on.' The first man that went round the world was, in a little girl's opinion, 'The man in the A consonant is a 'portion of land surrounded by water.' It was 'Daniel in the lion's den' who said, 'It is not good for man to be alone;' and 'why the Israelites made a golden calf' was, 'Because they hadn't enough silver to make a cow.'
Reports of School-board examinations will form quite a comic library. 'What would have happened if Henry IV. of France had not been murdered?' The reply was: 'He would probably have died a natural death.' 'Where was Bishop Latimer burned to death?' 'In the fire,' replied a little fellow, looking very grave and wise. An equally unexpected reply was the Israelites do when they came out of the elicited from a pupil when asked, 'What did Red Sea?' 'They dried themselves.'-'What First bright boy: is the feminine of friar?' 'Hasn't any.'-'Next.' Second bright boy: 'Nun.' 'That's right.' First boy, indignantly: 'That's just what I said!'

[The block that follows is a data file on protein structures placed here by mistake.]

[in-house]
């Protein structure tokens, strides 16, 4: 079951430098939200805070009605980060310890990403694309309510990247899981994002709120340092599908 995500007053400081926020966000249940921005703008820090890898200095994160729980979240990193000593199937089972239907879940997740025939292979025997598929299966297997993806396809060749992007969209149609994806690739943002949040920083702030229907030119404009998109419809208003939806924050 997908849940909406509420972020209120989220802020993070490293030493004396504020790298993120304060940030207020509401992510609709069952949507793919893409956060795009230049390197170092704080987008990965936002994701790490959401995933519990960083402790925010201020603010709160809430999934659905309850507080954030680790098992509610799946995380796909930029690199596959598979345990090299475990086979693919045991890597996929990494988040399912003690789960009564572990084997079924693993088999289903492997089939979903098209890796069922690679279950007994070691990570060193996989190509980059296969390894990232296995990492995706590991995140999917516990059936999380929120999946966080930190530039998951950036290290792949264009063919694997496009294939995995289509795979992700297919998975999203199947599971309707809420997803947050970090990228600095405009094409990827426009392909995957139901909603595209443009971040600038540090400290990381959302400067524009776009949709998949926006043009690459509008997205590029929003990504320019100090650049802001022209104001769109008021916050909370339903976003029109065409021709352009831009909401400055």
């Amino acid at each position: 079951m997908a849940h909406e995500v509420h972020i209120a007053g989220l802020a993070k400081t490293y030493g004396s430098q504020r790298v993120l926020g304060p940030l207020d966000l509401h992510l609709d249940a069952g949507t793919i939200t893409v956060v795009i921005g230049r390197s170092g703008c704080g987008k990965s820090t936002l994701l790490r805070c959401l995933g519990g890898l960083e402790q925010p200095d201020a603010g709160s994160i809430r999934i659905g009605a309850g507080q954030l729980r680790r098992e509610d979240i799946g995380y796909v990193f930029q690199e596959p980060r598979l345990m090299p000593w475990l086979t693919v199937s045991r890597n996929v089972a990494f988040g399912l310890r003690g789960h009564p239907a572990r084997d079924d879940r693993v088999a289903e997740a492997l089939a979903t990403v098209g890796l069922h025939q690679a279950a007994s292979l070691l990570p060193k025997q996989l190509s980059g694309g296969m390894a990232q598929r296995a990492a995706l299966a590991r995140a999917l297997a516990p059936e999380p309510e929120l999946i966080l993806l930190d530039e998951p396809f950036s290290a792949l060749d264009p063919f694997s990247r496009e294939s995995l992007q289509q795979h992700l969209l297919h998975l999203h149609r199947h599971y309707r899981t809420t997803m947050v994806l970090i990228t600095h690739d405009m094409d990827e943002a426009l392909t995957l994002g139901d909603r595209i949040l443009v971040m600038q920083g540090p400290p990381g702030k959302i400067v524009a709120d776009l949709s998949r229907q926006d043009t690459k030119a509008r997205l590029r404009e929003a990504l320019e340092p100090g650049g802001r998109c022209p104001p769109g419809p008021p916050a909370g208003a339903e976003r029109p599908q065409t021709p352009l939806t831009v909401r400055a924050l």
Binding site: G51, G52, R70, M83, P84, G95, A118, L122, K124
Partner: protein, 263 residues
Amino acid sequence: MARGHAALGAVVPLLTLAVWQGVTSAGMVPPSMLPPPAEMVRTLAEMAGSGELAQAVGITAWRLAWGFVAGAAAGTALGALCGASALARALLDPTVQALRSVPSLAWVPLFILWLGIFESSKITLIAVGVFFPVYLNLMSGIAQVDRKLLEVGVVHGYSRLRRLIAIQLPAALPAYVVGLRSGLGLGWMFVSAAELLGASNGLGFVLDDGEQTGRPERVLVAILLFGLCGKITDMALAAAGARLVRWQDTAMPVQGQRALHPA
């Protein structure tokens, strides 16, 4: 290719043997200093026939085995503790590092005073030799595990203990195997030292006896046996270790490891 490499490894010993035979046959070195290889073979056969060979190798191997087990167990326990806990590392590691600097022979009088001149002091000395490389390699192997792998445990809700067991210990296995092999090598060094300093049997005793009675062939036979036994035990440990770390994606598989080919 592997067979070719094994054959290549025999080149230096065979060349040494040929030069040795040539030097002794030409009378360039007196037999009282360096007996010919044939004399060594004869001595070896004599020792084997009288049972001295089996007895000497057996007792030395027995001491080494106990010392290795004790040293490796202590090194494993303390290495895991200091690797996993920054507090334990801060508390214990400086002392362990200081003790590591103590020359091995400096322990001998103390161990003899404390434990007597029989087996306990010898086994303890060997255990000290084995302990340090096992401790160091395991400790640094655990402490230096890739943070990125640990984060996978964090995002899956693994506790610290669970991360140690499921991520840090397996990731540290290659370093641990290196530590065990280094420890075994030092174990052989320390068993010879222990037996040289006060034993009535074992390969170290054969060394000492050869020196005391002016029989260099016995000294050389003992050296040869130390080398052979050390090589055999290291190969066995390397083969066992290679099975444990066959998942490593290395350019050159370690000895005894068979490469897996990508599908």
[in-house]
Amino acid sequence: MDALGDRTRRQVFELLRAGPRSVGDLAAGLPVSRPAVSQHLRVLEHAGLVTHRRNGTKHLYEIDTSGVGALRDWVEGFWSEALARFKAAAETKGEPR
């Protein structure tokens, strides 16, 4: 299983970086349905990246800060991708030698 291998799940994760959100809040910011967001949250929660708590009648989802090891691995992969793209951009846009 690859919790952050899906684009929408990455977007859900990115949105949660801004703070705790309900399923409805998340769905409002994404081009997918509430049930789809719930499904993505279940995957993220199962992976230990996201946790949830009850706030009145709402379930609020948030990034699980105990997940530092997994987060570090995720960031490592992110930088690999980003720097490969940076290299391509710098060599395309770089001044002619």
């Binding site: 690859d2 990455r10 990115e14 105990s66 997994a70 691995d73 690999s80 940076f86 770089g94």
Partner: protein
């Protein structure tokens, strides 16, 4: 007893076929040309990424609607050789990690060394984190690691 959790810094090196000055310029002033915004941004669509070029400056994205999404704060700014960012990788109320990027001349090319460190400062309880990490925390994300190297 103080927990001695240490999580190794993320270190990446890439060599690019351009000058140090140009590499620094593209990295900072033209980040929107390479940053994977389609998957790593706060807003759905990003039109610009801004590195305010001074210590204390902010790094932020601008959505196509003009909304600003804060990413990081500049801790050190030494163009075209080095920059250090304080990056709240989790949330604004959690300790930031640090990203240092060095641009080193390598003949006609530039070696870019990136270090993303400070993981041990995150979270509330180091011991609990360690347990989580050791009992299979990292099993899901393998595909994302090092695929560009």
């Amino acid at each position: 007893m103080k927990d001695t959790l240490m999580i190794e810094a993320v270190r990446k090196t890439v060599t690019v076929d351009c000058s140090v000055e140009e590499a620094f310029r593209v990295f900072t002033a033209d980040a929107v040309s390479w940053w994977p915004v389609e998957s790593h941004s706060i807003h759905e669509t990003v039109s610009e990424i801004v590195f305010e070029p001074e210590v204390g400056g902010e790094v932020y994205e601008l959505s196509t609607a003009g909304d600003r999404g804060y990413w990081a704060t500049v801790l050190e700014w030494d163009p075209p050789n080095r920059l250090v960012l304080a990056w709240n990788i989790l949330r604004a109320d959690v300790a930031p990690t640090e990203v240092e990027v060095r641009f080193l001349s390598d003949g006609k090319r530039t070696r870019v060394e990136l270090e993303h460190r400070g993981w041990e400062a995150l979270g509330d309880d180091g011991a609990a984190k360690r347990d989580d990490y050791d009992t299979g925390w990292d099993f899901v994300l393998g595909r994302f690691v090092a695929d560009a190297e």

The following is still more ludicrous. A teacher asked a juvenile class some questions regarding their knowledge of electricity, and inquired which of them had
ever seen a
magnet. One sharp boy immediately said he had seen lots of them. 'Where?' inquired his instructor, astonished at his proficiency. 'In cheese,' was the ready reply.